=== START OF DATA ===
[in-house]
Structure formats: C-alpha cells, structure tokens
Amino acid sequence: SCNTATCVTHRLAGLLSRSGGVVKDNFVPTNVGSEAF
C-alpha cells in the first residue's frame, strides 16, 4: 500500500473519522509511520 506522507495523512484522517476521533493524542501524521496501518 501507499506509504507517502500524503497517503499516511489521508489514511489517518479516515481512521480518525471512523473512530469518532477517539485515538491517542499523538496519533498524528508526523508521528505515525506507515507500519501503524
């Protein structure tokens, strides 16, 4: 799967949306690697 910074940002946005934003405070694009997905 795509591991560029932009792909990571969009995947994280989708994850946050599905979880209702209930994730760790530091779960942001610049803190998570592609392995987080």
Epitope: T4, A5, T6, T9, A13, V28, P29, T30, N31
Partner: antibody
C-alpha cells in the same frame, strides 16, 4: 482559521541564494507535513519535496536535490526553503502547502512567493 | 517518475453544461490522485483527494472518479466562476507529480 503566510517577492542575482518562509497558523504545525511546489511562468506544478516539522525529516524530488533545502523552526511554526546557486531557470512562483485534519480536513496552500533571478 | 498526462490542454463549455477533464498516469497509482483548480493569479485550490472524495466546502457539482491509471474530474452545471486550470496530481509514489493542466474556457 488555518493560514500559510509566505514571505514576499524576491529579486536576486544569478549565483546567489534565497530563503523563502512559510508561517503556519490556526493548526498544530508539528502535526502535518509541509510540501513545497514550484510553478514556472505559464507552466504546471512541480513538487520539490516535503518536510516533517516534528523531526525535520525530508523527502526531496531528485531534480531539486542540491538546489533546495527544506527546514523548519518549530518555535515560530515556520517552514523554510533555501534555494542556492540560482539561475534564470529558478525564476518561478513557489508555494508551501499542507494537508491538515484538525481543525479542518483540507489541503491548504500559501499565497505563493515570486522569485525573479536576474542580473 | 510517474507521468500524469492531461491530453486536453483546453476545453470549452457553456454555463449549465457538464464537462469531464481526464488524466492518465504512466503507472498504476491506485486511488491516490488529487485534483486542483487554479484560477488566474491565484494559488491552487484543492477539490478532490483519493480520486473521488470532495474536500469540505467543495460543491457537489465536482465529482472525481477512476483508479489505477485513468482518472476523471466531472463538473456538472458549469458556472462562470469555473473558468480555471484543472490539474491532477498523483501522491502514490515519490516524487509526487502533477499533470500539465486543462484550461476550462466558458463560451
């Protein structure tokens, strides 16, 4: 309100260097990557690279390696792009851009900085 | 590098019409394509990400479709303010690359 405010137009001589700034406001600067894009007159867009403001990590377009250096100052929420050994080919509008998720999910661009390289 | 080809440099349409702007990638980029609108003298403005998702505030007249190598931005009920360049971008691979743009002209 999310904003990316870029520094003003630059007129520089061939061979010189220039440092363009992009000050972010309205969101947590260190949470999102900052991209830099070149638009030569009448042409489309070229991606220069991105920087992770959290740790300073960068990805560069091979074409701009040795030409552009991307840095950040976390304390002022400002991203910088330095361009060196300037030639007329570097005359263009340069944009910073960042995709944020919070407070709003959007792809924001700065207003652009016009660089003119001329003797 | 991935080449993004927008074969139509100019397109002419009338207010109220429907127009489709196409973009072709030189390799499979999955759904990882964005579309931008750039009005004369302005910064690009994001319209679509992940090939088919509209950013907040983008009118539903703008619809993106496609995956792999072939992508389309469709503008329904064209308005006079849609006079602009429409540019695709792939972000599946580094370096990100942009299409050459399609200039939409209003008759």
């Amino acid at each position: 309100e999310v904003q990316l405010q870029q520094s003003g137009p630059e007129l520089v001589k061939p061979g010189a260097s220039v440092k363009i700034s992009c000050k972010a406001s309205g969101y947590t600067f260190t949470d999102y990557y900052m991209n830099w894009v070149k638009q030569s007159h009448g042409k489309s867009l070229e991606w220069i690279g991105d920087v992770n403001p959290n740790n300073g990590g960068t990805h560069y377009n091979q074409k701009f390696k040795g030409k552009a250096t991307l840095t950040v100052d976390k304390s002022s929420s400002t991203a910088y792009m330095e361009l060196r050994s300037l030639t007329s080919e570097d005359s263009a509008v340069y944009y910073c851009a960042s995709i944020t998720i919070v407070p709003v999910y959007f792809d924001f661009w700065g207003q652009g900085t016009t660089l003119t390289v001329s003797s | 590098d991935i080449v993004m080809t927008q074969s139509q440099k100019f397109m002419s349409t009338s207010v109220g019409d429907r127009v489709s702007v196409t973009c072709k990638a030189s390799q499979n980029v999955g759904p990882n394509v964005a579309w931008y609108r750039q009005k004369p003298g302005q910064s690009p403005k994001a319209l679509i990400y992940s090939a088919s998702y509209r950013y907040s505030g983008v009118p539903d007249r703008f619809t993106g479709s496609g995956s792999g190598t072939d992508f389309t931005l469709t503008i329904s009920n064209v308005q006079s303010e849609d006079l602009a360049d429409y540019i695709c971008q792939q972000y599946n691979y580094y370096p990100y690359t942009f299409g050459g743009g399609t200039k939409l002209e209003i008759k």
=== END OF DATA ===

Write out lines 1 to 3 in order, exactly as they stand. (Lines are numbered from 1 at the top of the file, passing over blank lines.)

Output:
[in-house]
Structure formats: C-alpha cells, structure tokens
Amino acid sequence: SCNTATCVTHRLAGLLSRSGGVVKDNFVPTNVGSEAF